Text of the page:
Reporters on the Job

Anonymous in Basra: The Monitor's policy on anonymous sourcing is to "avoid the use of anonymous sources." It states, in part, that "where such use is unavoidable, the source's point of view - or potential source of bias - should be indicated as fully as possible."

Today's story about Shiite militias creating a climate of fear in Basra, Iraq (page 1), reflects a judgment call that the use of some anonymous sources seemed unavoidable. Correspondent Steven Vincent says that "this was one of the most sensitive stories I have covered in Iraq - and what I have written only skims the surface of the problem. To be blunt, Basrans live in a state of fear. No one who criticizes the religious parties is willing to allow their real names in print. I've edited quotes in some cases to further disguise the identity of the speaker."

In accordance with Monitor policy, Steven did identify the individuals to his editors.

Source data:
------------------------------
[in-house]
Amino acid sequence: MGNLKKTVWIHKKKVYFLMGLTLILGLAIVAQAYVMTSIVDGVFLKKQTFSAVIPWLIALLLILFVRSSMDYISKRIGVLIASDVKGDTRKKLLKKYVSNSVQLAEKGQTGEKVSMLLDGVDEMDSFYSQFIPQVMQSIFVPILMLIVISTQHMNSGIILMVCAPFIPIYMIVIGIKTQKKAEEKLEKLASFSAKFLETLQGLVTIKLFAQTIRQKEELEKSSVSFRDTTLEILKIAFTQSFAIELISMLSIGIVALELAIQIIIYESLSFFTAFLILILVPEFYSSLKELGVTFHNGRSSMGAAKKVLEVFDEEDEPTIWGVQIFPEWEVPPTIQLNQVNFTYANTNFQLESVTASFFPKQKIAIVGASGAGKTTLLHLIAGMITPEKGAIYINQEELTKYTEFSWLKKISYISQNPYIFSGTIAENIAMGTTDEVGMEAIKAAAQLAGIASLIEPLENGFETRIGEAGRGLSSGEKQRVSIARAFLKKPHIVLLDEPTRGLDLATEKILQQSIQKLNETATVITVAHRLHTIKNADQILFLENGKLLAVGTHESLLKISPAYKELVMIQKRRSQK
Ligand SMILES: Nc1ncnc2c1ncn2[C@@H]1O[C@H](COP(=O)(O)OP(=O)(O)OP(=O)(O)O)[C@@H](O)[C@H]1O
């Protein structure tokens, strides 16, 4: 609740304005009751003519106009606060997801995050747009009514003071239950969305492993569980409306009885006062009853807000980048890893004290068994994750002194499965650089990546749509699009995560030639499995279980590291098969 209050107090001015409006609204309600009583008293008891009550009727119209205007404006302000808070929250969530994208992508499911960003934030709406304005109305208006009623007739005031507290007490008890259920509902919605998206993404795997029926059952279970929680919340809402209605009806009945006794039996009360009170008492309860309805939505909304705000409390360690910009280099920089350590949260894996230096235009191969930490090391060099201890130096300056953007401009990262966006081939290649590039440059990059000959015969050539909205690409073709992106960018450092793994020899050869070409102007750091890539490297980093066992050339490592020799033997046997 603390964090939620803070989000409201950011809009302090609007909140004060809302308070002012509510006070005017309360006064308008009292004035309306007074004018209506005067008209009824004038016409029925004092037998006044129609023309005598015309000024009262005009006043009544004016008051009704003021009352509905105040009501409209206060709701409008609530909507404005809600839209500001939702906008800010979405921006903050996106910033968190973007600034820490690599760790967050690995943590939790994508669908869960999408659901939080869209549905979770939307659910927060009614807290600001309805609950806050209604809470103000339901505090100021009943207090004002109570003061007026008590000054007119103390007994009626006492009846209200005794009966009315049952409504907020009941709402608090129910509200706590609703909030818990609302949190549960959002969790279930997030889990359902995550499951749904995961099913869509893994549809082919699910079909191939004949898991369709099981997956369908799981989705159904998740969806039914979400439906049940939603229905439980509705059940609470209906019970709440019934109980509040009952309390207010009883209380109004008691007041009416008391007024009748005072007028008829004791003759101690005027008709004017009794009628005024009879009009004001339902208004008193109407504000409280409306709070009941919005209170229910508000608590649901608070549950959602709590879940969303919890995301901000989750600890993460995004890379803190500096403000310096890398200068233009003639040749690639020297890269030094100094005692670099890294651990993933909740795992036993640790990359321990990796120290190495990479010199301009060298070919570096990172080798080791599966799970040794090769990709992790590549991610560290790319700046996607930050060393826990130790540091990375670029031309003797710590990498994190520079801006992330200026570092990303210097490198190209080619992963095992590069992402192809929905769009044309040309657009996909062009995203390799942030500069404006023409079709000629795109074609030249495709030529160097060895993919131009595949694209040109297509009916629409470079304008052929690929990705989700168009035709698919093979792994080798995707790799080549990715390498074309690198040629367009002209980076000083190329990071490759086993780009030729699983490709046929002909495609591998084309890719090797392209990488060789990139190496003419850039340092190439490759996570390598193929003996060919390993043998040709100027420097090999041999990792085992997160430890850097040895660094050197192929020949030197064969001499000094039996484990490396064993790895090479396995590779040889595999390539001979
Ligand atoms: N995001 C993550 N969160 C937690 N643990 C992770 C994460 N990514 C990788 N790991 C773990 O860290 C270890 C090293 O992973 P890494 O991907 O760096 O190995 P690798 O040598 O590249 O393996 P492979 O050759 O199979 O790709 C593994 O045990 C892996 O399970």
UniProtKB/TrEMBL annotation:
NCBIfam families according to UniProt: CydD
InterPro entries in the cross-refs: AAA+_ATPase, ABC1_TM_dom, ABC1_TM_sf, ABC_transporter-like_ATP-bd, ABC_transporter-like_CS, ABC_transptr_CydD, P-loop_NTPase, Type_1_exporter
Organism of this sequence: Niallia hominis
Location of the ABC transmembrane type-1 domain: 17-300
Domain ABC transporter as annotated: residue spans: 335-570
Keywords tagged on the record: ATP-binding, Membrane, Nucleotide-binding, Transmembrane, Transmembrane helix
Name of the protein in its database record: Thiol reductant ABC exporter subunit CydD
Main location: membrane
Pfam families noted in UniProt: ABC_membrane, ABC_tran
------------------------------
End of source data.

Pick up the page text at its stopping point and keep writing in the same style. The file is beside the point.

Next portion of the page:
The Iraqis Steven interviewed said that the climate of fear is worse than under Saddam Hussein. He was told that, "when Saddam killed people, he did it in secret, for a reason. Now, the Shiite militias kill in the open, for reasons that are not entirely clear.

"Everyone here says that they know the identity of the thugs who enforce Basra's new theocracy, just as everyone knows - or thinks they know - who is behind the assassinations," says Steven. "It is a topic on everyone's lips, discussed all over the city. The problem is making the accusation too public - and no one is exactly sure what 'too public' means."

But according to the Iraqis he interviewed, being identified as having spoken to an American journalist is definitely "too public."

David Clark Scott
World editor

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